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Brett Favre Rediscovers His Mojo, But Will It Save the Jets?

Guess we’re going to have to update our Giuliani movie Photoshop.

Late in the fourth quarter yesterday, with the Jets down 13–10 and facing an insane Oakland Raiders home crowd, Brett Favre reminded everyone he was Brett Favre. After a dreadful game (his second in a row) against a last-place team that had just fired its head coach, and his team scrambling in a game it absolutely had to win, Favre just started throwing the ball, randomly, with no apparent intent, down the field, to someone, anyone.

This is the Brett Favre way, of course, and sometimes you end up with something brilliant and amazing, and sometimes you end up with an awful interception that costs your team a trip to the Super Bowl. And in this fourth quarter, Jets fans saw the former. Favre chucked several dramatic heaves out of pure desperation, and they landed, because he’s Brett Favre, and somehow he gets them to land. Going into overtime, with the Jets winning the toss, the Raiders looked scared, and why wouldn’t they be? Brett Favre had rediscovered his mojo.

And, as has been happening so often this season, the Jets staff promptly swiped it away. The conservative game plan that Favre inherently chafes against — and the one that had contributed to the offensive impotence before the final fourth-quarter drive — returned in overtime, and the Jets were stopped in their tracks. Eric Mangini’s natural tendency is to coach not to lose, which couldn’t be more the opposite of Favre. Theoretically, this should lead to battles of field position and big plays from the special teams. Unfortunately, in practice it led to an overtime in which neither team could move the ball, and the one who won was the one with the kicker who could boot the ball 57 yards. That team was not the Jets.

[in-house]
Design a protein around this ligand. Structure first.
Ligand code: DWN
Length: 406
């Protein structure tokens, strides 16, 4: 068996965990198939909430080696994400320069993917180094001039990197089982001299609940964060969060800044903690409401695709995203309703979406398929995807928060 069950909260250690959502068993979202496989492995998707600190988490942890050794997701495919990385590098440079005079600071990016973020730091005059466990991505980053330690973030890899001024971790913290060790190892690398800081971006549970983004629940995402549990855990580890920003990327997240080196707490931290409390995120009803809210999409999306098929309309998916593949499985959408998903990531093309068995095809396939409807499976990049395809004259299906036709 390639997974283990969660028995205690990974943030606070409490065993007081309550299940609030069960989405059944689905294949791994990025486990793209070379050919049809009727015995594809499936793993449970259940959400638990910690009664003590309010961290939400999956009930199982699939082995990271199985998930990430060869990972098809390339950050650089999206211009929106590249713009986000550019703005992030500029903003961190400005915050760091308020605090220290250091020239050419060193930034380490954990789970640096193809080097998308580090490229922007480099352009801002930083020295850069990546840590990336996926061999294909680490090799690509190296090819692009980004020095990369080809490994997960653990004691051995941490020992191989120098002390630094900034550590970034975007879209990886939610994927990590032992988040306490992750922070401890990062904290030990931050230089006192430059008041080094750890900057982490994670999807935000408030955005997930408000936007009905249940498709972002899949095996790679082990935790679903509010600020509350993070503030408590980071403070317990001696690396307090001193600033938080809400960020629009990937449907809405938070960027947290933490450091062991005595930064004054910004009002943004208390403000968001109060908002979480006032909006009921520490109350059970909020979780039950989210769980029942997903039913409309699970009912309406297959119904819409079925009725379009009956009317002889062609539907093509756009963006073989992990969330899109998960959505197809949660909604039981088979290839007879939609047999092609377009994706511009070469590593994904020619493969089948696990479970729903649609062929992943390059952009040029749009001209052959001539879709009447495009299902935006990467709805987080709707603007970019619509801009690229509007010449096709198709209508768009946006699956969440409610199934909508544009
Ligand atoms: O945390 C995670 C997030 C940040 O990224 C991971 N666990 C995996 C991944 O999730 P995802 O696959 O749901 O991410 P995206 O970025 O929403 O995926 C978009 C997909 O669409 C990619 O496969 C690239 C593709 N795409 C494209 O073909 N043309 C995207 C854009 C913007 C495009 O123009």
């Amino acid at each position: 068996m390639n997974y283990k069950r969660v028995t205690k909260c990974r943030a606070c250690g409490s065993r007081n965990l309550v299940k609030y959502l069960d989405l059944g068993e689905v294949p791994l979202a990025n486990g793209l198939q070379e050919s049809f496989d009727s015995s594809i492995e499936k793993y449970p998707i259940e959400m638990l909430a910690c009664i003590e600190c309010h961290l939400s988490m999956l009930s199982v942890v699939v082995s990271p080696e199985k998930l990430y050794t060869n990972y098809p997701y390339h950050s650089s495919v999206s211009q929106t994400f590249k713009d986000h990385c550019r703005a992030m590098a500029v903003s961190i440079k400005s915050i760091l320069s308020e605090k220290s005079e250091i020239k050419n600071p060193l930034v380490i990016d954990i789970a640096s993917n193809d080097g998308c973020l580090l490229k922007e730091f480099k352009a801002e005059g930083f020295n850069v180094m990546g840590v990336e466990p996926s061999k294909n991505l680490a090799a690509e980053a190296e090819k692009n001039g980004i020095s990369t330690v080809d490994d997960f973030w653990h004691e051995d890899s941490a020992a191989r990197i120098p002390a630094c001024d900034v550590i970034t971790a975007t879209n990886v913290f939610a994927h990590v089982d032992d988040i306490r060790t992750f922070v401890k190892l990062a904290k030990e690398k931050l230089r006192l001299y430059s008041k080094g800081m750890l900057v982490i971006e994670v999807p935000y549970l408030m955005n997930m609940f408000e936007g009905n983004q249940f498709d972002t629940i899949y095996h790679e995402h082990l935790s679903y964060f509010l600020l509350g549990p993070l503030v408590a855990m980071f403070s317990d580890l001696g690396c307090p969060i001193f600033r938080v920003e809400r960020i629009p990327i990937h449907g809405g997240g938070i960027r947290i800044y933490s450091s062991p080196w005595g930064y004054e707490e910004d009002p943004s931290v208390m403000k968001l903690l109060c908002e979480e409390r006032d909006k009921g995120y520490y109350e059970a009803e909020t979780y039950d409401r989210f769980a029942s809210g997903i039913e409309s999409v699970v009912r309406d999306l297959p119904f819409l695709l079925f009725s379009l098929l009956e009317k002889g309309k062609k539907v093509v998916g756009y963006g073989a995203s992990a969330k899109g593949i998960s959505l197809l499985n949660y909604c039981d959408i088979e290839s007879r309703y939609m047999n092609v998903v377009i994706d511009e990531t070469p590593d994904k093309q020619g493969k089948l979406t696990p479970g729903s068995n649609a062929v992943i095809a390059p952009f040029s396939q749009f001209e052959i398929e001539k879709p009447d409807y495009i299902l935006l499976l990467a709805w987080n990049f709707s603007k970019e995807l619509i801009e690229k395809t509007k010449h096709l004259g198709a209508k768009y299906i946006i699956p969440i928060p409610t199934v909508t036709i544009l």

Favre is too much of a professional to criticize the coaching staff, but it’s clear the reason he was forced out of Green Bay has followed him here: NFL coaches have become too control-freaky to deal with a wild card like Favre. (It’s telling that the hot rumor yesterday was that Favre had called the Lions earlier this season with tips on how to beat the Packers. He still hasn’t let go.) Maybe Mangini has the right idea. Maybe Favre does. But the point is that they have opposite ideas. And that has led to a 3–3 record, two games behind the first-place Bills, with the easiest part of the schedule behind them. The Jets will need to go 7–3, at least, in their final ten games to dream of a playoff appearance. They will be favored, by this estimate, in five of them. They absolutely cannot afford to lose games, like yesterday’s, against inferior teams. It’s not even November, and the Jets are running out of time.

Brett Favre Rediscovers His Mojo, But Will It Save the Jets?